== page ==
Michel Benita Quartet – Looking At Sounds
(ECM 6025 0872884. Review by Tony Dudley-Evans)
Michel Benita is a a French bass player born in Algeria. He is mainly known in the UK for his playing with Andy Sheppard’s Trio Libero, with whom he has recorded two albums on ECM. He made his own debut as leader on ECM with the 2016 album River Silver. Looking At Sounds is his second ECM album. It features what is being billed as a ‘revised’ quartet. This is a European group, with Matthieu Michel from Fribourg in Switzerland on flugelhorn and Frenchman Philippe Garcia on drums and electronics – they were both in Benita’s previous group, Ethics. The relative newcomer is Jozef Dumoulin from Belgium on Fender Rhodes and electronics. Benita himself is on double bass and laptop.
The compositions on the album, mostly composed by Benita, are very attractive, and bring together elements of both jazz and folk. They are developed by the quartet as a group activity rather than by individual solos. In this Michel’s flugelhorn is dominant, but Dumoulin adds very interesting textures on the Fender Rhodes. His approach is very different from the funky sounds we tend to associate with the instrument, and is more focussed on melodic and rhythmic lines underpinning the flugelhorn and integrating with the rhythmic support of the bass and drums.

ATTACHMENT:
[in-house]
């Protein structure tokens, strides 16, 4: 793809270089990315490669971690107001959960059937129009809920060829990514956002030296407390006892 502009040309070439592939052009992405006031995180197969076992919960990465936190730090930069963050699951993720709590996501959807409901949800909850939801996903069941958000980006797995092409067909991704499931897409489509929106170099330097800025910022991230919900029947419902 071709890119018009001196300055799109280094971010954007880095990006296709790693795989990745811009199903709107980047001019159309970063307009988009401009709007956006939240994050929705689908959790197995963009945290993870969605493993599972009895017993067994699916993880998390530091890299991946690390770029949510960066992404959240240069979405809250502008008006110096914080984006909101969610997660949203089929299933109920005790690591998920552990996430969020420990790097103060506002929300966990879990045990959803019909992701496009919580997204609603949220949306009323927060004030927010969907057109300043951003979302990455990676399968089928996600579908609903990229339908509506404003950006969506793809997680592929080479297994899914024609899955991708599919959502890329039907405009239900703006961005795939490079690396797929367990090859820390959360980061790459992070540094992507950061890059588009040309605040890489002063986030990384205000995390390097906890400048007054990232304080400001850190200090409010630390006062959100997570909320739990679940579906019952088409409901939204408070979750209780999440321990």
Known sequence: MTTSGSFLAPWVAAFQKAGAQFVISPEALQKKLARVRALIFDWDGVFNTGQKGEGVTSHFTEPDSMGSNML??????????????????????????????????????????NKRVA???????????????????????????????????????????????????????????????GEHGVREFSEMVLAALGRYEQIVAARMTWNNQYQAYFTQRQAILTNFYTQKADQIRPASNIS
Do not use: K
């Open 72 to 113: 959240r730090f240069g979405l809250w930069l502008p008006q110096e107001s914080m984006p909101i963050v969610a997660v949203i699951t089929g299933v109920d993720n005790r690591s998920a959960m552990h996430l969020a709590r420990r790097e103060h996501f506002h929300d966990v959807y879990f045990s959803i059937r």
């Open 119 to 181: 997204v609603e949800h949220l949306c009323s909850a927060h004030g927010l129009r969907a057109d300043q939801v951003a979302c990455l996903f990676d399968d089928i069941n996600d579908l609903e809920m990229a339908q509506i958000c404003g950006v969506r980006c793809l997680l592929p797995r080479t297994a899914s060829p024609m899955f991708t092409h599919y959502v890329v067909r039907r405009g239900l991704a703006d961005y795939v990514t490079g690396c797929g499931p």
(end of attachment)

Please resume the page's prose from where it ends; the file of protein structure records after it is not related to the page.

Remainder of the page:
The mood throughout the album is relaxed and refreshing, the standard of the interactions between the four players extremely high. My only criticism is that the mood and the dynamic have a tendency to remain a little too constant. There is a short improvised track, Cloud to Cloud, which starts well with some interesting gestures from Dumoulin, but it doesn’t really develop. On other tracks, for example Slick Team, Dumoulin makes a dramatic opening, but then reverts to supporting Michel’s flugelhorn. The final track, Never Never Land, is a bass solo from Benita. I would like to have heard rather more variety, and also more of a focus on Dumoulin as soloist. Nonetheless, I am sure that Looking At Sounds will give a lot of pleasure as an album that one can sit back and relax to.
Categories: CD review